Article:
before and details that may or may not have relevance for the day ahead, and in the midst of it all, I hopped into the car and listened to "Cherries."
"Cherries" is an exercise in therapy; the 18-year-old Chicago-native/LA-transplant believes “music is intended to be an emotional journey." Sonically, “Cherries” really cleared the air for me, mentally speaking. The EP starts off with “Nevermind,” which immediately gave me impressions and sensations of a sonic palette that was not what I had anticipated, and I was pleasantly delighted by it. Opening with a subdued guitar riff, Joy appears to be embarking on a bit of joint therapy as she slowly makes her way through the verse. This is only to say that the emotion in her performance really stands out. Her confidence shines again as she declares that she's “not the one.” As we make our way through the song, it feels like she offers up more and more of her vulnerability, which for me is summed up with the following line: “but I wish I was.” It is so hard to allow yourself to be vulnerable, especially for a young artist. However, being vulnerable is a key to forging real connections with people. Joy’s music is pretty focused and mature stuff. There's something about the choice of snare drum that really gets me going with this song it's a digitized sound that seems to have the tail end cut off of it and it smacks you in the face as the song progresses, much in the way moods like these tend to smack our hearts and minds.
read, and sophomoric. A big part of that tendency is probably because singing about love is one of the oldest lyrical topics in existence. However, Joy manages to jump over the trap, avoiding the pitfalls that consume so many singer-songwriters by remaining vulnerable, confident, and witty. “Carbon Copies” shows Joy flexing her artistic skills and mature perspective. More importantly, it displays a contagious confidence. She crones, "you think you're too good for me…” but ends with “I'm too good for you," really nailing the hook. The sonic atmosphere of this track takes a thicker, darker turn than the previous two.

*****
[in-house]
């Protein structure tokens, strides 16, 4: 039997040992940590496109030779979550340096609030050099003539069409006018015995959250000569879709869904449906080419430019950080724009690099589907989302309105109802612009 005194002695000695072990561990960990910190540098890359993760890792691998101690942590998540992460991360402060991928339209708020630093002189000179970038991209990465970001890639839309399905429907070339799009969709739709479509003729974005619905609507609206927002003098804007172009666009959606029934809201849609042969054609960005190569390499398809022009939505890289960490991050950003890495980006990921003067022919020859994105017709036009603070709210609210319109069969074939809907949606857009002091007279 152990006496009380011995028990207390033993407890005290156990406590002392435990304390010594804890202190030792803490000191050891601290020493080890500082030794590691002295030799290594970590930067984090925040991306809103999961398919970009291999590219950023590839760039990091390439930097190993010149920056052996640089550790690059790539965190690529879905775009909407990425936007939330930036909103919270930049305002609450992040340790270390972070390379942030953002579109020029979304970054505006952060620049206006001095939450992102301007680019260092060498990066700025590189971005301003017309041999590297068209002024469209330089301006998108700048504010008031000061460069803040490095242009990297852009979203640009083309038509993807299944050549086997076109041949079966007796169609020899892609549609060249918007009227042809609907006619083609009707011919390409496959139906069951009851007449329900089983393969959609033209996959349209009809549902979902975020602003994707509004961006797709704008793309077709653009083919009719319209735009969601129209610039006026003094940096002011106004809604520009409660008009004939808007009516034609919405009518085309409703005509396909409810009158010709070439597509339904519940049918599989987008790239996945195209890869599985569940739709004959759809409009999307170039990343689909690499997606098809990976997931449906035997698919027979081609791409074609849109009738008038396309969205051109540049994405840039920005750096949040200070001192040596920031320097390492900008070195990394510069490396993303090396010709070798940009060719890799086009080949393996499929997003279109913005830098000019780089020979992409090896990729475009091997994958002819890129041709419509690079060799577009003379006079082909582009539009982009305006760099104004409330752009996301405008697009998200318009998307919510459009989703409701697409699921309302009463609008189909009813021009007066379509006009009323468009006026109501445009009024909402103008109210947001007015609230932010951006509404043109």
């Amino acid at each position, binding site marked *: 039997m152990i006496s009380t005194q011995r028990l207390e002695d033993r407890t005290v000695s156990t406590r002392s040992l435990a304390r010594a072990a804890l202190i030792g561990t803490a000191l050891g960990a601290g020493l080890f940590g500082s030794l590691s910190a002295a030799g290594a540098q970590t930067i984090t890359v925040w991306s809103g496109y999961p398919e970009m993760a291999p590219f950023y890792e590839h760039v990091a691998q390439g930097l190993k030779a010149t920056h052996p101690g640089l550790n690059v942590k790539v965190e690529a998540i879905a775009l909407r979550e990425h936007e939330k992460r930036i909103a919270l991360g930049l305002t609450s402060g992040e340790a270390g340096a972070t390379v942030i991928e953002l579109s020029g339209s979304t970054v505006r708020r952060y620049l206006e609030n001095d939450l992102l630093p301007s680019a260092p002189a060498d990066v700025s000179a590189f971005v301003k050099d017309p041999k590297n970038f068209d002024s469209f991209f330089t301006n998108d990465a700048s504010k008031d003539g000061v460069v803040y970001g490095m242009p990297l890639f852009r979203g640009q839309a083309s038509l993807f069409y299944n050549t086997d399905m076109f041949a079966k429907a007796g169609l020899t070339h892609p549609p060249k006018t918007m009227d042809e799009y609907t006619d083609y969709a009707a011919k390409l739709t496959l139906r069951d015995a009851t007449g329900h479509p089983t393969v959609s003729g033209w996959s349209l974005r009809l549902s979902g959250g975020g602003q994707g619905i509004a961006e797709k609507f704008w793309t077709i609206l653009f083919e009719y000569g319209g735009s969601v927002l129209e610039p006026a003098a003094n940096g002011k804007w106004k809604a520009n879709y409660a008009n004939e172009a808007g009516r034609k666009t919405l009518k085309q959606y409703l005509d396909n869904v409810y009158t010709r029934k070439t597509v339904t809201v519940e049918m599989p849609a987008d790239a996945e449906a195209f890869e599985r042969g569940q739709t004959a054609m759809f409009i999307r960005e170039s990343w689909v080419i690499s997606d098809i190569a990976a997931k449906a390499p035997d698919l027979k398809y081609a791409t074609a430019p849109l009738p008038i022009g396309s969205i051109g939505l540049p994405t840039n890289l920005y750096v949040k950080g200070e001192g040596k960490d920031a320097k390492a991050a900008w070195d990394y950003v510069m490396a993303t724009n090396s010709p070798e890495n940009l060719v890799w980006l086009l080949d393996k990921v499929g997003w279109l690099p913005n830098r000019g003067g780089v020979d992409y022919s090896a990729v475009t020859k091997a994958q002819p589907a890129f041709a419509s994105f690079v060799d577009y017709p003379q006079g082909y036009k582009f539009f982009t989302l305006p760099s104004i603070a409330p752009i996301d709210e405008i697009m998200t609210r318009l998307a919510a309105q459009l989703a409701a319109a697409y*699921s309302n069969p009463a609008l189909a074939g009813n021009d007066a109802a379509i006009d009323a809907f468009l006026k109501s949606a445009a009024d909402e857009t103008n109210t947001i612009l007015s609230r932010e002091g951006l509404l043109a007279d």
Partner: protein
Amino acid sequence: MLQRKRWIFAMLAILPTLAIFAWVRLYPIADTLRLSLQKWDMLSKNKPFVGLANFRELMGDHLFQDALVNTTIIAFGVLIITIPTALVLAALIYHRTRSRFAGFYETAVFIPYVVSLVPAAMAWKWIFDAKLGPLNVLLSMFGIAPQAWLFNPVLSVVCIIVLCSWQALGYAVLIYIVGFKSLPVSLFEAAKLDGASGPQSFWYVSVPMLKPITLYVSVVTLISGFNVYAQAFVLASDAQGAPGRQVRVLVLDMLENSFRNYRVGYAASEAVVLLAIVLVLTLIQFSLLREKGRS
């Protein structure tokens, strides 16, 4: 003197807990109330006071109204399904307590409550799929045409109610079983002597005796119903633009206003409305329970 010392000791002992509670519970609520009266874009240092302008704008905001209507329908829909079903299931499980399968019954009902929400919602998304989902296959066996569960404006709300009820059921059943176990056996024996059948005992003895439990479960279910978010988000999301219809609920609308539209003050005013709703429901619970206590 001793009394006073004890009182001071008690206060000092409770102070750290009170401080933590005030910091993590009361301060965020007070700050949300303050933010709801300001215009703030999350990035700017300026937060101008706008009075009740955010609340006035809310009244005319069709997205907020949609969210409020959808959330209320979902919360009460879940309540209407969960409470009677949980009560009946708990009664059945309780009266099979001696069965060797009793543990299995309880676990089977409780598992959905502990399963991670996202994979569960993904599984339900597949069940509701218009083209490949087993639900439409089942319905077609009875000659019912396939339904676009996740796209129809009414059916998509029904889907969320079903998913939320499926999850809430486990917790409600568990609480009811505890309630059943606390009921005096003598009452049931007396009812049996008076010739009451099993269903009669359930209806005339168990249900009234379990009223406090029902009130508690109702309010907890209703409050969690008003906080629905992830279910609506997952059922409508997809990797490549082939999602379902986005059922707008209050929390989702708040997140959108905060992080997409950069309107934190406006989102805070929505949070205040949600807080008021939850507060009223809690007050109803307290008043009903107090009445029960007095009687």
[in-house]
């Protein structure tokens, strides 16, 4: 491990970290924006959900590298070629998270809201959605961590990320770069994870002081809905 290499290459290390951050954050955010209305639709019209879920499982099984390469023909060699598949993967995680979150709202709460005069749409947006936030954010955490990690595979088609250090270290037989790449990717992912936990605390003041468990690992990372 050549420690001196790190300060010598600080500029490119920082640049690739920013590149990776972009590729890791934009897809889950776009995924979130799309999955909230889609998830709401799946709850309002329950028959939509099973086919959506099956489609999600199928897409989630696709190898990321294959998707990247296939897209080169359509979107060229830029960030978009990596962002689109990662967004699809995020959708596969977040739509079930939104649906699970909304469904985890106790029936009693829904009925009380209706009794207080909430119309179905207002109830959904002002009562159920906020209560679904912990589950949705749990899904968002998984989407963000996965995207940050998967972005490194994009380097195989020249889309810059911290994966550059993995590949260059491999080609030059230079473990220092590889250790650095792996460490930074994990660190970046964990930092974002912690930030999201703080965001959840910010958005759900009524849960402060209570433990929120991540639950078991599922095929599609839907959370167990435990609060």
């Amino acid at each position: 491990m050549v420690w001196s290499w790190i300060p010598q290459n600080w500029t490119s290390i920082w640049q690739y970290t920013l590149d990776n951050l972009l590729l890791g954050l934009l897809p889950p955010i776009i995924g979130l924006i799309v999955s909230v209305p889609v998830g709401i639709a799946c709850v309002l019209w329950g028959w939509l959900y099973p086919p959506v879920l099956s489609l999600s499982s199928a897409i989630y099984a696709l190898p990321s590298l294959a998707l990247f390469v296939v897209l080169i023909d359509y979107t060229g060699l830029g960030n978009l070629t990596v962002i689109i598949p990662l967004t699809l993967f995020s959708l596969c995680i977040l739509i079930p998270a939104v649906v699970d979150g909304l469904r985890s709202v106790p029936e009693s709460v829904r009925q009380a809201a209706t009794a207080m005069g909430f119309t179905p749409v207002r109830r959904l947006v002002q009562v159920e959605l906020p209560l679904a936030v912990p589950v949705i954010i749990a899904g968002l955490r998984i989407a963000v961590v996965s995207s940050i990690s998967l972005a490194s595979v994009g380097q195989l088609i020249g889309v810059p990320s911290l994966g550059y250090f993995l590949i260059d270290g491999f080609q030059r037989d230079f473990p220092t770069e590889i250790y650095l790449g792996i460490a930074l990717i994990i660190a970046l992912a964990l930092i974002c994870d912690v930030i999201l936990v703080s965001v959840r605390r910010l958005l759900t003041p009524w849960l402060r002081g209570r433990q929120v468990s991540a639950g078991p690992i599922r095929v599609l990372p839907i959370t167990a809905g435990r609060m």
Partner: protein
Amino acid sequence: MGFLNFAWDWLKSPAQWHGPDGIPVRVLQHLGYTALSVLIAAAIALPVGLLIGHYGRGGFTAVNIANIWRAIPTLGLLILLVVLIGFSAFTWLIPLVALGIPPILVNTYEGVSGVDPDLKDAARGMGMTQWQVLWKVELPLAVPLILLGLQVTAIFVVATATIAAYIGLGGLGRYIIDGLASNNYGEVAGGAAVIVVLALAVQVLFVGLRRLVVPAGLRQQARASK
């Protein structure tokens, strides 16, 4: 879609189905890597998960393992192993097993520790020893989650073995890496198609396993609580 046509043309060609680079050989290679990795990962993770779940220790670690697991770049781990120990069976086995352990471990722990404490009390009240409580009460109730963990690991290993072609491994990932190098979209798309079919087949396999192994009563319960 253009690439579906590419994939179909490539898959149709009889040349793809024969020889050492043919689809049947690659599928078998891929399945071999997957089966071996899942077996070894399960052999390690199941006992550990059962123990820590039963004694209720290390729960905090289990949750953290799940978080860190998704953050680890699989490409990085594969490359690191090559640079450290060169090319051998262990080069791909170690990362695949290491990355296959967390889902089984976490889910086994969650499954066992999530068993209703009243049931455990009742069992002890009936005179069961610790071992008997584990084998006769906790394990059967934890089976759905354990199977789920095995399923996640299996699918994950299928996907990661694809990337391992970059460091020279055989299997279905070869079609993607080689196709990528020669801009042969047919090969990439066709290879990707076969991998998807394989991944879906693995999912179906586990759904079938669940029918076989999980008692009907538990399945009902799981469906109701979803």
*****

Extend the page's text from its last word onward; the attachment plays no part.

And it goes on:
This EP kind of culminates with “Cherry Bomb,” and some of you out there might say, “of course, obviously,” but I wasn't sure at first. Joy pushes the pop to another level with strong instrumentation and, frankly, another song of gorgeous vocals that really puts me in an ethereal and dreamy mental headspace that allows me to shed stress. I say that it “kind of” culminates the EP, considering the energy and dynamics of the track. The final song, “Posiedon” is also a strong pop-offering, but I felt myself a little emotionally winded after “Cherry Bomb.” I had to listen to it twice in a row, because I wasn’t really ready. My favorite line is "one heart broken, one heart to go." Posiedon is simultaneously majestic and powerful. It is aptly named and a fitting end to the journey. Joy leverages her voice with uncanny control and efficiency. I feel able to identify some of her influences I’m familiar with, such as Lorde and St. Vincent. Her music excites me because she is clearly making a conscious effort to blend and make something authentic. Her delivery feels sincere.
The former GRAMMY Camp attendee has successfully achieved her goal of allowing the listener to “get inside her songs and recognize moments in their own lives.” I couldn’t have said it better myself, but will try. For me, this type of songwriting is of the highest level. It takes effort and, more importantly, a real “touch” or “sense” for what we’ll call “word-play” when it comes to lyrics. New listeners of Julianna Joy will cherish experiencing “Cherries.” This is music to leave your lover to. This is perfect music for when you have a long drive ahead. “Cherries” is ripe to accompany heavy moments and can lead the listener to catharsis. It has a home in every hopeless romantic’s Spotify library. The self-proclaimed “author with musical abilities” has already become a seasoned songwriter. “Cherries” creeps down into the psyche of each listener.
"You and I" is the first track from Anja Kicken's debut EP. The song immediately delivers a warm and romantic atmosphere with minimal keys and a sample of a crackling fireplace. As Anja's vocals enter the mix, my expectations are set to hear an intimate piano ballad, but a deep, groovy synth and rock beat arrive to subvert them. The track is still totally a love song, written for new lovers, packaged in a downtempo/indielectro/R&B wrapper. Listen to this when you're feeling both wistful and hopeful - Anja won't let you down.